It is remarkable that the word 'carry' or 'bear' is the same as that in John 19:17, when Jesus carried His own cross to Golgotha. The idea conveyed is that of carrying 'something that weighs heavily'. The same word 'burden' (baros) is used in the parable told in Matthew 20:12, referring to the work and the tiredness of the day: "...to us who have borne the burden of the work and the heat of the day". So it may mean both a physical weight as well as a symbolic or moral weight - something that is burdensome and oppressive, such as a worry, a problem, a hardship or an illness.

 

The following illustration will shed light on this idea. All of us are travelling through life carrying rucksacks of different weights. The idea of 'carrying each other's burdens' refers to taking the neighbour's rucksack and carrying it for a while. Simon from Cyrene carried the cross, relieving the Lord of the burden - what a privilege for Simon!

 

We are not all called to be mission workers, but we are all called to have a pastoral heart towards them.

 

WHAT? CARING AND CARRYING IN PRACTICE

I would like to close with some practical ways to care and carry burdens. As I read the book of Acts, with eyes open to the ministry of the church to their mission workers, I discover three areas which are specific to the church and convey a powerful sense of support to those in mission:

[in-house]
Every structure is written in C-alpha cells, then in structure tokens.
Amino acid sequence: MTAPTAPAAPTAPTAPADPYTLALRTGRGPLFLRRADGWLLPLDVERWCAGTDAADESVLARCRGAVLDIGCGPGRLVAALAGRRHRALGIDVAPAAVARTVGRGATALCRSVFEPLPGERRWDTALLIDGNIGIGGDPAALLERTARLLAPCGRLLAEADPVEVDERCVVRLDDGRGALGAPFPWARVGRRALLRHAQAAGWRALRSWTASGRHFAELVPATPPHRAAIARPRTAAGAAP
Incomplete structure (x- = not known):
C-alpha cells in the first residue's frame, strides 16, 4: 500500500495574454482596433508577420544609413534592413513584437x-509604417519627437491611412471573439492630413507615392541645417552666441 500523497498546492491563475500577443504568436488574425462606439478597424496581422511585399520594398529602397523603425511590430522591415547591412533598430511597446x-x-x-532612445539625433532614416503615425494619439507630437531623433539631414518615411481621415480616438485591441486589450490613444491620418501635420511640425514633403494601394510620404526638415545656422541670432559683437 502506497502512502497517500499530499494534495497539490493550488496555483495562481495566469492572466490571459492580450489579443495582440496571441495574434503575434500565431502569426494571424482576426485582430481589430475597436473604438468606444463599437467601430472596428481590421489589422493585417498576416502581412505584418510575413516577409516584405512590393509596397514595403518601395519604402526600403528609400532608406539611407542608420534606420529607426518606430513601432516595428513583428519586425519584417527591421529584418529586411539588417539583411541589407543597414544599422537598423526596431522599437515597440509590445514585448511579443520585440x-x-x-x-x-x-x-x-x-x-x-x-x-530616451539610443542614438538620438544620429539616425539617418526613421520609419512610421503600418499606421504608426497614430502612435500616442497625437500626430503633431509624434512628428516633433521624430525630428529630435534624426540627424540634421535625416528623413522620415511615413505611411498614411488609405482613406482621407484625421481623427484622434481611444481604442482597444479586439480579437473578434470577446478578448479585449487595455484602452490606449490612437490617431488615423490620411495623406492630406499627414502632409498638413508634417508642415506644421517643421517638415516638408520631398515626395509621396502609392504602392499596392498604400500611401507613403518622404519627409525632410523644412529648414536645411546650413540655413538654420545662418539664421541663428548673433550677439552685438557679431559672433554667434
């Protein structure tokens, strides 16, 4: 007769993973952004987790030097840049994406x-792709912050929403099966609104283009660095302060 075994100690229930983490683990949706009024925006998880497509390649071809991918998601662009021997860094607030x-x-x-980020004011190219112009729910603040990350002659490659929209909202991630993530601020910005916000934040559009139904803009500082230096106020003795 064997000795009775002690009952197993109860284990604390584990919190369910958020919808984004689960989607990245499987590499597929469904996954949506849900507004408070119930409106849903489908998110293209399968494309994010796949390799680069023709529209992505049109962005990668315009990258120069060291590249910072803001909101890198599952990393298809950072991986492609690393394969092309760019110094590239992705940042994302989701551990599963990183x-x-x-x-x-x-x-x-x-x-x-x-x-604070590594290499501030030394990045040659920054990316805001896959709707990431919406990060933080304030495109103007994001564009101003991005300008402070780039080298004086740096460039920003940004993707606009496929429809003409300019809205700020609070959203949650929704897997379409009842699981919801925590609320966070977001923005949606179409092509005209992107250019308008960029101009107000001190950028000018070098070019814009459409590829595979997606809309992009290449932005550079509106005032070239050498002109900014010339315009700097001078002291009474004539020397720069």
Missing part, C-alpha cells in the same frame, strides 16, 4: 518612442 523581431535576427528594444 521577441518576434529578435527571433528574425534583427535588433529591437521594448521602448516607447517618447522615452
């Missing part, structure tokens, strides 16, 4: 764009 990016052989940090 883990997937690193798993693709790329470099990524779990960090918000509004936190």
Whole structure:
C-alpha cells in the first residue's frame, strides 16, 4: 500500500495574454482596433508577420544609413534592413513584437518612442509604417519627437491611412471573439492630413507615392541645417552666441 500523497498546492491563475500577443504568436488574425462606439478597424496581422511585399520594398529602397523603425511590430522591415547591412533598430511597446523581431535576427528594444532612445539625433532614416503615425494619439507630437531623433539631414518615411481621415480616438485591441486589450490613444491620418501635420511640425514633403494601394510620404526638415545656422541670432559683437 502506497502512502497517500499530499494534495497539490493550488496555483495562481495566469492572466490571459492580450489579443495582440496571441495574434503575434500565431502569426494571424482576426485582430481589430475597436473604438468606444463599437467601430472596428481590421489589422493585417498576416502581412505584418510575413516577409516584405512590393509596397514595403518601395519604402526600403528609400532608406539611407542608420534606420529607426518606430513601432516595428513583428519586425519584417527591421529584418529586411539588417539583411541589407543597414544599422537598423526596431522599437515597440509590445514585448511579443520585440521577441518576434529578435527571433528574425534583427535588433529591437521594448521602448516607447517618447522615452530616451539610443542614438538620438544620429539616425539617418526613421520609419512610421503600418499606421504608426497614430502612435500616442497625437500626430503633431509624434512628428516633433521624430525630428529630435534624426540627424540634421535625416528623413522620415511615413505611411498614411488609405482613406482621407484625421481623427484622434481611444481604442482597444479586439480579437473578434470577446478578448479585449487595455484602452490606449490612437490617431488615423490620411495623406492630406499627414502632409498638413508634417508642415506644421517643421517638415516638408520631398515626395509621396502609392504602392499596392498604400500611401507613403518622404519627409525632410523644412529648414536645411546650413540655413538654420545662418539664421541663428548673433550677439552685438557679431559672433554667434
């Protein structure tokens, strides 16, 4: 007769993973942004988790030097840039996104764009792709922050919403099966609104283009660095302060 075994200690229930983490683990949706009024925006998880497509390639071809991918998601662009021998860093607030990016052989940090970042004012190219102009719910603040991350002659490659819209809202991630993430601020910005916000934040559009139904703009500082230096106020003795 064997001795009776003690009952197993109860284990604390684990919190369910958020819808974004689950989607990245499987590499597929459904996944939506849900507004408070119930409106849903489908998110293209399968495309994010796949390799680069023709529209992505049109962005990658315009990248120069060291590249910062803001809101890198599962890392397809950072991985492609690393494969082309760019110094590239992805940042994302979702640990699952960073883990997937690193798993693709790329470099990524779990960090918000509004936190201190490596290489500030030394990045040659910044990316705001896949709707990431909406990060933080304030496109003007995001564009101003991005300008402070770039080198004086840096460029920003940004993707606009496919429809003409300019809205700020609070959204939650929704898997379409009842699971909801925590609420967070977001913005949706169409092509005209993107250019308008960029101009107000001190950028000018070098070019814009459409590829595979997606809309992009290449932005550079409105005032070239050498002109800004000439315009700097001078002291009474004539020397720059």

1. Encouragement: words of affirmation

2. Service: works of love

3. Intercession: prayers of support

 

Words, works and prayers were the cardinal activity of the apostolic church in their care for their brothers and sisters in mission. What a balanced and mighty combination! No wonder the early Church flourished wonderfully.

 

Many texts show the importance that Paul and the other church leaders gave to these practical ways to 'care and carry'. A lot could be said about each one of them separately, but for me the most striking thing is to see them occur together in the daily life of the first churches. They were not separate activities but a cluster that greatly enhanced the missionary outreach of the Church.

 

Paul himself and Barnabas, whose name means 'son of encouragement', are outstanding examples of this powerful combination: words of encouragement, works of love and prayers of support were hallmarks in their lives. Operating always in mutual interaction, the church supported its mission workers and these gave great joy and encouragement to the church. Other examples are Tychicus, sent by Paul to the church in Colosse 'that he may encourage your hearts' (Col. 4:8). And Philemon, of whom Paul says, 'Your love has given me great joy and encouragement, because you, brother, have refreshed the hearts of the saints' (Philem. 1:7). Similarly Paul and Silas, after they 'came out of the prison...went to Lydia's house, where they met the brothers and encouraged them' (Acts 16:40).

 

Those in mission will need refreshment and support. Sometimes they will be discouraged, due to distress, anxiety or loneliness, overwhelmed by practical problems or hurt by difficult relationships. There are many reasons in mission life to feel 'weary and heavy laden'. Be ready to share their burden. We must be on the lookout for our mission workers and be willing to carry their 'rucksack' for a while. Speak words of encouragement, do works of love, and pray earnestly for and with them. In so doing you will follow the model of Christ and you will greatly enhance the work of those in mission. What a joy and what a privilege!